by George Garrett, Featured Contributor
I REMEMBER THE DAY so well, some 32 years ago. I was a young HR Manager (Personnel Manager in those days) working for a large multi-national company (global in today’s vernacular). Those were exciting times for me, which yielded a great amount of learning, but not all the learning was pleasant.
Here is the background.
The plant I worked in was fortunate to have transferred in a very forward thinking Production Manager. You always knew where you stood with John. Some people really liked him and some people really despised him. But you knew where you stood with him. When he arrived on the scene shortly after the plant was organized by a union due to multiple management problems he began to shake things up. I was hired after him and missed most of the controversy which surrounded the unionization.
I respected his honesty and integrity and even those who disliked him could not impugn his character. He was a solid citizen. He communicated well and often and was tasked with bringing through-the-ranks supervisors up to a new standard of performance and commitment. John’s maintenance group was a generation removed from him and after some tenuous moments his supervisors became very loyal and dedicated to him. They began to see the light of a new day and worked very diligently to make things better in their sphere of influence.
One day John came to visit me, beaming with pride. He showed me several pages of documents, handwritten by his two maintenance supervisors, which outlined the excellent changes they were proposing in terms of employee development, skills upgrades and so forth.
As I said, I remember the day so well. Rather than looking at this wonderful achievement by his two supervisors, I critiqued the fact that the document was handwritten, had poor sentence structure and overall, what I considered to be of poor professional quality. John wasted no time admonishing me for being so critical and not understanding the pain these two men had gone through for years. After all, they never were given any opportunity to show any sort of independence, freedom of expression, autonomy or encouragement.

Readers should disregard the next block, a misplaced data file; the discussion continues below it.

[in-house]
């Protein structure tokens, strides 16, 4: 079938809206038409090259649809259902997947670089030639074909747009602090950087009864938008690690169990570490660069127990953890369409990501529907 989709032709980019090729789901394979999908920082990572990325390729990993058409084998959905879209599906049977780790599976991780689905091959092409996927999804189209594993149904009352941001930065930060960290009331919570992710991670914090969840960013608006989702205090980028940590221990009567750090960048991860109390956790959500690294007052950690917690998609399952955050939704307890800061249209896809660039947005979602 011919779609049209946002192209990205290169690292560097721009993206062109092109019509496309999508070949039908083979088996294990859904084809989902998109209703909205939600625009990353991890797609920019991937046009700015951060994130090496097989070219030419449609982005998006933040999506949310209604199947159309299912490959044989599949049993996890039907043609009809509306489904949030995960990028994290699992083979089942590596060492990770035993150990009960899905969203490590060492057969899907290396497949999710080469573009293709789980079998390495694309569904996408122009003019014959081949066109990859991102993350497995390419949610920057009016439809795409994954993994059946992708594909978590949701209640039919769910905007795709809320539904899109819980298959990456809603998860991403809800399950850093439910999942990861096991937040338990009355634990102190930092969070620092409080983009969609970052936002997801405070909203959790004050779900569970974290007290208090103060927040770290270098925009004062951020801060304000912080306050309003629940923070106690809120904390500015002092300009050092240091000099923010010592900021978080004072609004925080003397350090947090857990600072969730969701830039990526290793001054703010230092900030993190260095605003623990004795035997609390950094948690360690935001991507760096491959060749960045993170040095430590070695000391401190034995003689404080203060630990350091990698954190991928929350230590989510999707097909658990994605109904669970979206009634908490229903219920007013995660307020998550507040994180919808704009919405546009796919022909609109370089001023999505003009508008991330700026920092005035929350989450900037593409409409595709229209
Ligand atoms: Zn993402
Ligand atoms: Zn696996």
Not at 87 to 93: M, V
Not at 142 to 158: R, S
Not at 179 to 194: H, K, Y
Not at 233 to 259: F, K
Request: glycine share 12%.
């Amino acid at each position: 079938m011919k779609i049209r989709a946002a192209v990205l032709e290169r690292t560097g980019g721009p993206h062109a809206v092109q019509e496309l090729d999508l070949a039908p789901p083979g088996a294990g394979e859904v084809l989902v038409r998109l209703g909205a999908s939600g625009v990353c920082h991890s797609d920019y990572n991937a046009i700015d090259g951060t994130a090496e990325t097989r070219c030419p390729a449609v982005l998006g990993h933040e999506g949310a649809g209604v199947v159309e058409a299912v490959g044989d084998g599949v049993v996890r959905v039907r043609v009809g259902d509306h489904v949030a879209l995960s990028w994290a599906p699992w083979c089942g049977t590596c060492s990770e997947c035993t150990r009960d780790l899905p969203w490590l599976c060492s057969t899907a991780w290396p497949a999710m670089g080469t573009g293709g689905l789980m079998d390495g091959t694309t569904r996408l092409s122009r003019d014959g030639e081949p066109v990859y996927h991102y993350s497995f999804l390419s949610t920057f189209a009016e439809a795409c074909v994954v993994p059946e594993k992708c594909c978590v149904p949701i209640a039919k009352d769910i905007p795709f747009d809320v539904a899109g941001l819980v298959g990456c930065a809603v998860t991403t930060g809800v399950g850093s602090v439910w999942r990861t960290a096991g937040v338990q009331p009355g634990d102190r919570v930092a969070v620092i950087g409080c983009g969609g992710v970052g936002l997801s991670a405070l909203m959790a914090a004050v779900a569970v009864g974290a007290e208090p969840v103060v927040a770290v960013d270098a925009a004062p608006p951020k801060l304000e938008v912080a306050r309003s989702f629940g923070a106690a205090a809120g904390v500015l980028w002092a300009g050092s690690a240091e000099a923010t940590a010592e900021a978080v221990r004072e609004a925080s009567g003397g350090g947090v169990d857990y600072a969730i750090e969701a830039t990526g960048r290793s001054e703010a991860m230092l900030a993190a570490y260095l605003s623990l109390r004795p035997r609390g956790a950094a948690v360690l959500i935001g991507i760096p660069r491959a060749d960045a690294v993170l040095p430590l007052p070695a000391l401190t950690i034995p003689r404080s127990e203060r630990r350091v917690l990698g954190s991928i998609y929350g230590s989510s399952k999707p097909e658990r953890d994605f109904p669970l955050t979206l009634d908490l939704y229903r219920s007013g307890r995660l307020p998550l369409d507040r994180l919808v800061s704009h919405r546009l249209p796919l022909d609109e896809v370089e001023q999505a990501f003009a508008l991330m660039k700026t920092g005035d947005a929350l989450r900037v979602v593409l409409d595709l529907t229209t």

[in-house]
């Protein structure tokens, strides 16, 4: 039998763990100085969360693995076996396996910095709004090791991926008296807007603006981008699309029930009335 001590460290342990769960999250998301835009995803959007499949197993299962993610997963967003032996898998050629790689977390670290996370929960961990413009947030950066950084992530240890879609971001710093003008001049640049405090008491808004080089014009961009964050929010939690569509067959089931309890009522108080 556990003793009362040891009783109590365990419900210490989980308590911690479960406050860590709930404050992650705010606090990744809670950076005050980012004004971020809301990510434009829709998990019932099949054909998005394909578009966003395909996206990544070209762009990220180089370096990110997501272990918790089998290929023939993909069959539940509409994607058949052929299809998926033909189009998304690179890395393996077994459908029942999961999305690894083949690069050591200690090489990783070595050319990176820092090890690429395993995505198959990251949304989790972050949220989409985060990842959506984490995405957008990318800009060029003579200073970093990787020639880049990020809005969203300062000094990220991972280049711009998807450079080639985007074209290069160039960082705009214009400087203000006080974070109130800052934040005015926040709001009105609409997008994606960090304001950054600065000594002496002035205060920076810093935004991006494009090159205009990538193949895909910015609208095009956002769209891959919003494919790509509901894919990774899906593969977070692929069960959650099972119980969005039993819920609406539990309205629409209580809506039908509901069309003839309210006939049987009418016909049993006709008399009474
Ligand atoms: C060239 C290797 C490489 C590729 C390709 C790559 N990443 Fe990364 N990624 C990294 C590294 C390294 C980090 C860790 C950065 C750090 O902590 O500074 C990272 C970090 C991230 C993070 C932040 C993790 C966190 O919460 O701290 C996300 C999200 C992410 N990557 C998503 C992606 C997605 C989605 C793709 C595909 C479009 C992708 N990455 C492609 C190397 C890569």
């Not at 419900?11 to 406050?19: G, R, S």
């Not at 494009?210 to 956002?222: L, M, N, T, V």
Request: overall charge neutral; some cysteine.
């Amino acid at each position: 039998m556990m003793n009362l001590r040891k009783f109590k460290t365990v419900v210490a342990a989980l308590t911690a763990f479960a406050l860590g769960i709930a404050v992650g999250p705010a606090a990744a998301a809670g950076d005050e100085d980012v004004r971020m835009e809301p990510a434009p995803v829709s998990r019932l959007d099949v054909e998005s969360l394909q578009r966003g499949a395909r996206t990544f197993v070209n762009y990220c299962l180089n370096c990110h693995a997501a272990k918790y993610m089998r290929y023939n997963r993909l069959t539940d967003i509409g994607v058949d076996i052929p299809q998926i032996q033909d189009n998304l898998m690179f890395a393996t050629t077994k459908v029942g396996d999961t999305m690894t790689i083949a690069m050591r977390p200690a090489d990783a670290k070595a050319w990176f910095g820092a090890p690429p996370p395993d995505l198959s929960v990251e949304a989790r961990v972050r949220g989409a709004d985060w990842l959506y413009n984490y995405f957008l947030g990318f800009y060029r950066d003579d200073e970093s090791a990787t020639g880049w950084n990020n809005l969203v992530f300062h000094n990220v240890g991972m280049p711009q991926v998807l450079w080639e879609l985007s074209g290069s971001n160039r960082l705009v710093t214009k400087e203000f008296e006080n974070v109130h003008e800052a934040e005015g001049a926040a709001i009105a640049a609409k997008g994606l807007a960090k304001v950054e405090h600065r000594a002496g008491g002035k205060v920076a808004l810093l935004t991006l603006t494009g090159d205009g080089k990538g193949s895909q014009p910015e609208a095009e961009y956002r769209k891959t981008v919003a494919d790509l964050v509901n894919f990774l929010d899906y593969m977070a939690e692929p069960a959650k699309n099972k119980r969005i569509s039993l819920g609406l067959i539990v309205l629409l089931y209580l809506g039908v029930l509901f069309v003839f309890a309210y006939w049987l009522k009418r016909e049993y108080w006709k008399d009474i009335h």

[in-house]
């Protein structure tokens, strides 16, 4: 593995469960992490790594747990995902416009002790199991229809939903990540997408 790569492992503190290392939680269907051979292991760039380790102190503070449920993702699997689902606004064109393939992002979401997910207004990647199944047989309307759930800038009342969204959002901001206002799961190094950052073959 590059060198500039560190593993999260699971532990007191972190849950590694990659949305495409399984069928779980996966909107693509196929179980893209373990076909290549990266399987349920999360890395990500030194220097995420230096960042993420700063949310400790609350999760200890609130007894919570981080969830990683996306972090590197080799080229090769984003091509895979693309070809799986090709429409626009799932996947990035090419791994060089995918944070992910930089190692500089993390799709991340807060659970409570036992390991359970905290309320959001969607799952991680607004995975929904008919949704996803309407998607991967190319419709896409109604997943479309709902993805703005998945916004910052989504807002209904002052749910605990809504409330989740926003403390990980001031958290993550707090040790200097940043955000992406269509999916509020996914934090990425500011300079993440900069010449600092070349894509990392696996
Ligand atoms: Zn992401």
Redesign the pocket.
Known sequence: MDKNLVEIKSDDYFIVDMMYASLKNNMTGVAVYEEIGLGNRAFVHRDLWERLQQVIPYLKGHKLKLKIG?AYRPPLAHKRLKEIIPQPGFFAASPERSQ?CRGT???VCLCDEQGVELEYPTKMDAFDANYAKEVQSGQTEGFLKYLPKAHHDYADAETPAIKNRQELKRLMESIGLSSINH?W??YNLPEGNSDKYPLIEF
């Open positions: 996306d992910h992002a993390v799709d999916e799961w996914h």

It was at that point that I had a defining moment in my life. My view was so narrow I couldn’t see the milestone these two men achieved. I actually felt ashamed for behaving that way and internally vowed to never demonstrate that sort of management “arrogance” again.
It was a life lesson and when I look back on it, I appreciate it even more. After John left to become a President of a fledgling company, I became close to those two supervisors and continued a solid relationship with them. I was transferred to another location in another state a couple of years later. But the relationship lesson John taught me survived. In fact one of the two supervisors I had so callously critiqued went out of his way and took time to visit me at my home when he was in town.
I have worked hard to overcome even the slightest perception of arrogance. I realize I am not better than someone else. I came to understand the benefits of the power of people, the power of autonomy and the power of solid, immediate feedback. I make every effort to never go down that road again and for the most part I have not let myself down.